The Pergamon Altar (Ancient Greek: Βωμός τῆς Περγάμου) is a monumental construction built during the reign of king Eumenes II in the first half of the 2nd century BC on one of the terraces of the acropolis of the ancient Greek city of Pergamon in Asia Minor.
In this panel the goddess Athena is detailed.
The altar was bult in memory of King Eumene's victory over the Gauls and other surrounding tribes. On the sides of the altar is depicted a ruthless battle between Gods and Giants (known as the Gigantomachy). On the other panel, we see Athena holding the giant Alcyoneus by the hair as she sends a snake to bite the terrified giant in the throat. The giant's mother Gaia (visible in this panel), Mother Earth herself, looks helpless on the other side of Athena, where above her the victory Goddess Nike is already on her way to pay tribute to the winner.
German archaeologists excavated the altar from 1878 and took everything they found to Germany, where the altar is today, in the Pergamon Museum in Berlin. Its characters might have been created in the same Pergamene workshop as the Laocoon Group. The altar is is referred to in the Bible as the 'Throne of Satan' (John Revelations chapter 2, v.13). Without knowing the original meaning and purpose of the altar Adolf Hitler's architect, Albert Speer, took direct inspiration from the Pergamon and adapted it to build Hitler's podium, the Zeppelintribüne, in the grounds of Nuremberg.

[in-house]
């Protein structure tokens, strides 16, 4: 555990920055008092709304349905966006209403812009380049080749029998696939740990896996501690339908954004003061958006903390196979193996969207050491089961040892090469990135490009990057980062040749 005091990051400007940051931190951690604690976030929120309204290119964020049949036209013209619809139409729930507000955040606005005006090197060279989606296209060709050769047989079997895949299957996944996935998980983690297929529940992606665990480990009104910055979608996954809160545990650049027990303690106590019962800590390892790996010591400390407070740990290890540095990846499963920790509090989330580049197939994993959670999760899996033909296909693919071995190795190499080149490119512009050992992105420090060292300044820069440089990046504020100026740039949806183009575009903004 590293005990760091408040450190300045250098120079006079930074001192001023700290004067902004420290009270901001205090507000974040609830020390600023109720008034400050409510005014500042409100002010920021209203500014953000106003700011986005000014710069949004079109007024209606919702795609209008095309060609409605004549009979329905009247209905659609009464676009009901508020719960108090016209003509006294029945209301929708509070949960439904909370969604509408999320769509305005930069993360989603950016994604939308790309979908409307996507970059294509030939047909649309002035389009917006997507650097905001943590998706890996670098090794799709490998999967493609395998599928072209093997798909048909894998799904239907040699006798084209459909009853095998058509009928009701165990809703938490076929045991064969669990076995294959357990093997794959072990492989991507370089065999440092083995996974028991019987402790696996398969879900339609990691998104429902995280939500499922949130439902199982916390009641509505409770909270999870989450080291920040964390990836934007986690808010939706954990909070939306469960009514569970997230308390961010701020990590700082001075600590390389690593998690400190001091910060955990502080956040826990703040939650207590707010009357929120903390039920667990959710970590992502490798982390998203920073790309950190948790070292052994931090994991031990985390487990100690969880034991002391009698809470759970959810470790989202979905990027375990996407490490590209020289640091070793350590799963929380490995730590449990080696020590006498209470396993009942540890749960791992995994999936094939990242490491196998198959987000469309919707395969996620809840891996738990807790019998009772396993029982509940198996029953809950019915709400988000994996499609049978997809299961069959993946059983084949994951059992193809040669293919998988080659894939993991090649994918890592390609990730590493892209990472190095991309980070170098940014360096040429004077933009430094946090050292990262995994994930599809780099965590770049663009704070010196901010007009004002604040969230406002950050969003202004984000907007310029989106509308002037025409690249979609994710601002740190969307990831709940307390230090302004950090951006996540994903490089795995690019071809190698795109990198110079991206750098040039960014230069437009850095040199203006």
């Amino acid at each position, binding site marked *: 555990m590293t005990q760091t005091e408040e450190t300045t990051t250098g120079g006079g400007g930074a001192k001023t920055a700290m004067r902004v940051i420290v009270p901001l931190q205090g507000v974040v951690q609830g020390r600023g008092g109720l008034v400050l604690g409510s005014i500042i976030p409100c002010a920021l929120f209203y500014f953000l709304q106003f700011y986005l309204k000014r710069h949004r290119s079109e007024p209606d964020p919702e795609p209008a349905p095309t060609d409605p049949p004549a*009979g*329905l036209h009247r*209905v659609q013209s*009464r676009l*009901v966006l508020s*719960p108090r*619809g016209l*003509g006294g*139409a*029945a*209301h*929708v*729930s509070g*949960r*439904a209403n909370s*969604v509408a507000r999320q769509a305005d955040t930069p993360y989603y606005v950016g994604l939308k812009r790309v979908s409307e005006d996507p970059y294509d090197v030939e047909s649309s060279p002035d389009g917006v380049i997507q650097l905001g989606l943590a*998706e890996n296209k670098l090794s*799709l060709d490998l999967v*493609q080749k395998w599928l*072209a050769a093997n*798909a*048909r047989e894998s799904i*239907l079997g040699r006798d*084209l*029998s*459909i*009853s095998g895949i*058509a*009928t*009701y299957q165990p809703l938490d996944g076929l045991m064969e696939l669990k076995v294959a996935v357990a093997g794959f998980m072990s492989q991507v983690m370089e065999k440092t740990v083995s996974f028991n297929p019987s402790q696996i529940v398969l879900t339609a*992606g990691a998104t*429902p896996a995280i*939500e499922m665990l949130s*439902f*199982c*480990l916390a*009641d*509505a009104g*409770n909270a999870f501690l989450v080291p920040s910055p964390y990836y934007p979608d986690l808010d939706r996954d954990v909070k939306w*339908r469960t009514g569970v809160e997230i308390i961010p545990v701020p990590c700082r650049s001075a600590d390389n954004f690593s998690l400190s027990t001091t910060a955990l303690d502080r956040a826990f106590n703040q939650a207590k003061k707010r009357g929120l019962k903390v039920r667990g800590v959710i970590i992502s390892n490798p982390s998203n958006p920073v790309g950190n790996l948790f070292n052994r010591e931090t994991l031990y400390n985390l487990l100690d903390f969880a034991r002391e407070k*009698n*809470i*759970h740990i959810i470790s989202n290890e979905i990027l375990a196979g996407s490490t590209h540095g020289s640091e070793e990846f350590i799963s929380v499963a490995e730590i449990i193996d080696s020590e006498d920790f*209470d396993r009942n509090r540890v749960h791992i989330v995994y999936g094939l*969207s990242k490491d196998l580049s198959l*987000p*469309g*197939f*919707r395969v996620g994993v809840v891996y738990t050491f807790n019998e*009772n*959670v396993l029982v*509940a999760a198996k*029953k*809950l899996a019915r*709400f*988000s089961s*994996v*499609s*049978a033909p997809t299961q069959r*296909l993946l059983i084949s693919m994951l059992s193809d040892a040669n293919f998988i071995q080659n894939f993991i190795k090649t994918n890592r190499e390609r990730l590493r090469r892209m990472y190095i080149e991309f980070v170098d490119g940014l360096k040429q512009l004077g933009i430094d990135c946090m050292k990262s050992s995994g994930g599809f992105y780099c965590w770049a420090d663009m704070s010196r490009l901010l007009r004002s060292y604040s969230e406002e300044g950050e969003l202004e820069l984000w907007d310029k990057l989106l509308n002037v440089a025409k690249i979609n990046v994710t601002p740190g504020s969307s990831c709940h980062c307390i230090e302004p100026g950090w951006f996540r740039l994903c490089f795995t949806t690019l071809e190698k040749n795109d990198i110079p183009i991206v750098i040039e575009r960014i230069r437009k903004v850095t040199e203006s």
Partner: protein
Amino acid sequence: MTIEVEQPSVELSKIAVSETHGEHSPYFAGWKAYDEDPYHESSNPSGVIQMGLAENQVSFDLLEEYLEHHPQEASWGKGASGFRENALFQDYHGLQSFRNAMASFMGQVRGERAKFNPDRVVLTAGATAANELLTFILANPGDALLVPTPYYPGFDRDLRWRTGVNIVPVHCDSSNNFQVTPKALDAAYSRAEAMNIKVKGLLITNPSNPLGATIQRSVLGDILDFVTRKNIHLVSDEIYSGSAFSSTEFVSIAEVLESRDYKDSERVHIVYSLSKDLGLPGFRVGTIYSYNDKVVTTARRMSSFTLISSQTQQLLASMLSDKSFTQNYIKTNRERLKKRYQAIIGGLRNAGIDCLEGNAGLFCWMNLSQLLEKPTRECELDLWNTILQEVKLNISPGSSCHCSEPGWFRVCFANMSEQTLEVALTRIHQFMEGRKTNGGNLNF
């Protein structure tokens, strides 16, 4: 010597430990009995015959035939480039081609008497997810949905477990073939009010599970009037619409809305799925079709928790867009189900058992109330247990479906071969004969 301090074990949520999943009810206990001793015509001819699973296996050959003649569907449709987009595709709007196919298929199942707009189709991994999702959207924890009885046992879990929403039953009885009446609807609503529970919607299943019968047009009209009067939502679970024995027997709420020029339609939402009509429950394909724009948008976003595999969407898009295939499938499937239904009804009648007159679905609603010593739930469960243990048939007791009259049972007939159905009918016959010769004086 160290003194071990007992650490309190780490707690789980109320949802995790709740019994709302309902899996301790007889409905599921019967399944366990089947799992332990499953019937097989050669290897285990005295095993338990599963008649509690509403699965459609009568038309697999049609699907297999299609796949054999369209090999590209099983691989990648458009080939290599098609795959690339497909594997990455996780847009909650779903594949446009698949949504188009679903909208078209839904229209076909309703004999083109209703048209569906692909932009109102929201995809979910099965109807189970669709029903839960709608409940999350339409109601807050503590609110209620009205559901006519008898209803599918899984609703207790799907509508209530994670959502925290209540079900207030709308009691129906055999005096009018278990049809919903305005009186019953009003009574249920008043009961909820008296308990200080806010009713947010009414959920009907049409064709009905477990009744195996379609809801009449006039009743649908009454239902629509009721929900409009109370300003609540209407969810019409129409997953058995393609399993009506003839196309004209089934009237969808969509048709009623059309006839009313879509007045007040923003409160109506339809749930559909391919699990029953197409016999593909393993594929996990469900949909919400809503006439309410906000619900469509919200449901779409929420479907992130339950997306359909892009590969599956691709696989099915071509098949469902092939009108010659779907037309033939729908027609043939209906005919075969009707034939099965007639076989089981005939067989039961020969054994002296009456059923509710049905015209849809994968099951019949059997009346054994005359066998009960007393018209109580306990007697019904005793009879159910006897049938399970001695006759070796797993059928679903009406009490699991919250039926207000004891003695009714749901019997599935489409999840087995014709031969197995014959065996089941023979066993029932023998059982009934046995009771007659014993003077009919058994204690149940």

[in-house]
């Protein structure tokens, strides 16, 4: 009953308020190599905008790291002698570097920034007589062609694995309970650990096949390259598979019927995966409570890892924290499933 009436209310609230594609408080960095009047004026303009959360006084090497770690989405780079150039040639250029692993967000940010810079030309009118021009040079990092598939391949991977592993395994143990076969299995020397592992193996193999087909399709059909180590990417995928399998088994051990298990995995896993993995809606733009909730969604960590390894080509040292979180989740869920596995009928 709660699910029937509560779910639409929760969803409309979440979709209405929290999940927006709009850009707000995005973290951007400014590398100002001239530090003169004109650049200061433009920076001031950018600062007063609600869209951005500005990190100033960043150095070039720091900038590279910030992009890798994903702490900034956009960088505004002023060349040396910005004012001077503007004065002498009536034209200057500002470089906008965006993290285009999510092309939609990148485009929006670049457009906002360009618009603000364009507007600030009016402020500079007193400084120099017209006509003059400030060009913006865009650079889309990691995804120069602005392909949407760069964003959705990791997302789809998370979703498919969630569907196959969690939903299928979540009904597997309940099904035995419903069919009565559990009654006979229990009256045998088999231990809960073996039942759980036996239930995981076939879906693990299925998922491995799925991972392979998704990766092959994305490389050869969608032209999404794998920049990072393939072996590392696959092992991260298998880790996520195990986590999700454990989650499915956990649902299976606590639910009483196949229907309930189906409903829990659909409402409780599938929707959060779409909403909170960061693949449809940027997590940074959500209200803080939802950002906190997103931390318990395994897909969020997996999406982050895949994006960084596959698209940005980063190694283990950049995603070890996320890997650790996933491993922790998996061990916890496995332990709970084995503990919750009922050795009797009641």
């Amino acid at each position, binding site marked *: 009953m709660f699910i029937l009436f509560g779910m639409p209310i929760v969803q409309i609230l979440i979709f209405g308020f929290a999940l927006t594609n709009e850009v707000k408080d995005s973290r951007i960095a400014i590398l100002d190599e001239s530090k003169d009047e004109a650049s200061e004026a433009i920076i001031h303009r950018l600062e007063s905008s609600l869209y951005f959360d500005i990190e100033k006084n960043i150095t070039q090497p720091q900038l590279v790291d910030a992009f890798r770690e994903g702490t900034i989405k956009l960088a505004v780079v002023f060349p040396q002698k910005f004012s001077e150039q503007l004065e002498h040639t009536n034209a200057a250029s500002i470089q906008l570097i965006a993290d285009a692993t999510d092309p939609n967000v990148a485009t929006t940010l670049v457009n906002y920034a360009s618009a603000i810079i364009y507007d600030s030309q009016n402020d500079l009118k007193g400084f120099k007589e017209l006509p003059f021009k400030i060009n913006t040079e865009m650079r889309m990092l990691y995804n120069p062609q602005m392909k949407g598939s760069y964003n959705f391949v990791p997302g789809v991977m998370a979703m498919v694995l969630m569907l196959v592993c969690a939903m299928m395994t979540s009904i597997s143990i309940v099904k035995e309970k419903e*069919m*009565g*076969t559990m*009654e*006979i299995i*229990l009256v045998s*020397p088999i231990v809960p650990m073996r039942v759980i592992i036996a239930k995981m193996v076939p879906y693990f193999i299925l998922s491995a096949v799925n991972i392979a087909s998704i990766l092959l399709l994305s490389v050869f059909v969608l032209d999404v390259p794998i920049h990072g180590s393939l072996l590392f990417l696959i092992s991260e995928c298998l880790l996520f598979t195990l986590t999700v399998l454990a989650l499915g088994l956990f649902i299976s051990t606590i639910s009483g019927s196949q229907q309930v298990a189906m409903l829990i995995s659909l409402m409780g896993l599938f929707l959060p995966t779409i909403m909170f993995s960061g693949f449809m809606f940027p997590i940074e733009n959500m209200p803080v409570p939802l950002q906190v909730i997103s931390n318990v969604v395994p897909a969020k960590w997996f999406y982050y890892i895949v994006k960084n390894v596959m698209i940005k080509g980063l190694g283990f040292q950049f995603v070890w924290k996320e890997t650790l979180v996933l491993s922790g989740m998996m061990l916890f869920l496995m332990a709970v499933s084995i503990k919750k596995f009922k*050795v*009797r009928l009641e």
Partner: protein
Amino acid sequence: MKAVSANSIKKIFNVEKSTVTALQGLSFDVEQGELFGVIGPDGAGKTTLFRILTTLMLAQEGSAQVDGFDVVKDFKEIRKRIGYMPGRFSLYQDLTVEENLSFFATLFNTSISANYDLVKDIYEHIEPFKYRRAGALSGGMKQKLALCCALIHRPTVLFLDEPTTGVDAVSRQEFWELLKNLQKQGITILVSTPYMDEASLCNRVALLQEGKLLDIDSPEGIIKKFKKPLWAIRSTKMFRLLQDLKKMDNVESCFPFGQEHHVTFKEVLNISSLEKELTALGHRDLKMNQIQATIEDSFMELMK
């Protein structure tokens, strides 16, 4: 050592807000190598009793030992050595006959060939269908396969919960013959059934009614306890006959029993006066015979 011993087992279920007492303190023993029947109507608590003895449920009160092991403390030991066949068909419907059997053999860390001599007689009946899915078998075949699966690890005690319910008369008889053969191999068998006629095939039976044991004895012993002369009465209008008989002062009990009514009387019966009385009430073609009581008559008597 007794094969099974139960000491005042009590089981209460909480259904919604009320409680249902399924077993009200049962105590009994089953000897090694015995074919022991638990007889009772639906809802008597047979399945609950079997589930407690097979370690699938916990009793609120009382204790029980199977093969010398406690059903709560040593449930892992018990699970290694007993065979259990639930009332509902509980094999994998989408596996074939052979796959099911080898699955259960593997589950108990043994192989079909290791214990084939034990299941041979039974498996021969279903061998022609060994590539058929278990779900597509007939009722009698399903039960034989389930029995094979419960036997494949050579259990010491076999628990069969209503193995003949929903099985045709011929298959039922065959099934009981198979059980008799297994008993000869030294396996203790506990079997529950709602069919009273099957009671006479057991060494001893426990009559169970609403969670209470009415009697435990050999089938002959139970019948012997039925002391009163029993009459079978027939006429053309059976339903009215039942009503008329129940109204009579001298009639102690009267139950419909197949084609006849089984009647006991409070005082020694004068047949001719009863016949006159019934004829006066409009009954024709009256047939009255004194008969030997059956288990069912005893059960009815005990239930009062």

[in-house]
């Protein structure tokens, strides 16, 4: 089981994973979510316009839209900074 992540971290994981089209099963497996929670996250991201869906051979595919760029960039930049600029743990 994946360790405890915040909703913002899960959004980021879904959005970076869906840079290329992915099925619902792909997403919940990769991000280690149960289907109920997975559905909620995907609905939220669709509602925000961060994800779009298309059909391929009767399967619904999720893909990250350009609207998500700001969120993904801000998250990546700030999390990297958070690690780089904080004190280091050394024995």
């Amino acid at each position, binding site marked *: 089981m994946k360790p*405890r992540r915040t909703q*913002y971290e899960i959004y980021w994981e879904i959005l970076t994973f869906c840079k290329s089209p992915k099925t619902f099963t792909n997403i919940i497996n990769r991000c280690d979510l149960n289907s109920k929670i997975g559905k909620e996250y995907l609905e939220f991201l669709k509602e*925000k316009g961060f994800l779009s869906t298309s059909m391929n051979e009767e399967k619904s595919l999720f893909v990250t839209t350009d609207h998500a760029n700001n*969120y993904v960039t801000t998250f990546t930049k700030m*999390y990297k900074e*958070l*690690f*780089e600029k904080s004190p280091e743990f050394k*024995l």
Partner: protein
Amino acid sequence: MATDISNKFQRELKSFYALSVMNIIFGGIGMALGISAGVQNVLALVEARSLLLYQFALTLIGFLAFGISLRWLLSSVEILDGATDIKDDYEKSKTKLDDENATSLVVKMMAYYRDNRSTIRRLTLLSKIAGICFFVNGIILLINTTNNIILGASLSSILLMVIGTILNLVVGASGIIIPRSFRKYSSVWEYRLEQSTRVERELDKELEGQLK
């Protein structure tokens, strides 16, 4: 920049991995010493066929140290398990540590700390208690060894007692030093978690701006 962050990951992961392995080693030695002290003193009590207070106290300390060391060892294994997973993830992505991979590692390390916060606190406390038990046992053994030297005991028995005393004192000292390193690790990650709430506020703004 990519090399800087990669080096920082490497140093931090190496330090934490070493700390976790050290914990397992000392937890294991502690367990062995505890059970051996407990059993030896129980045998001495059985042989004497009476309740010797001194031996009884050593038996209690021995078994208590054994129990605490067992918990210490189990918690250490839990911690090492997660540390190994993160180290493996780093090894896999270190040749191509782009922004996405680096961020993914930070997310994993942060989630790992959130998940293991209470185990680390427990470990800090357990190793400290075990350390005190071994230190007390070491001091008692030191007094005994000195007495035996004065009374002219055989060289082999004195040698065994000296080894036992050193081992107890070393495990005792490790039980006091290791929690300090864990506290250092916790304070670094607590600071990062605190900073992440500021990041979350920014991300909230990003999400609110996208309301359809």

Scanned with the Artec Eva in sections, the full depction of Athena (being crowned from behind by a winged Nike) slaying Alcyoneus the Giant can be downloaded here.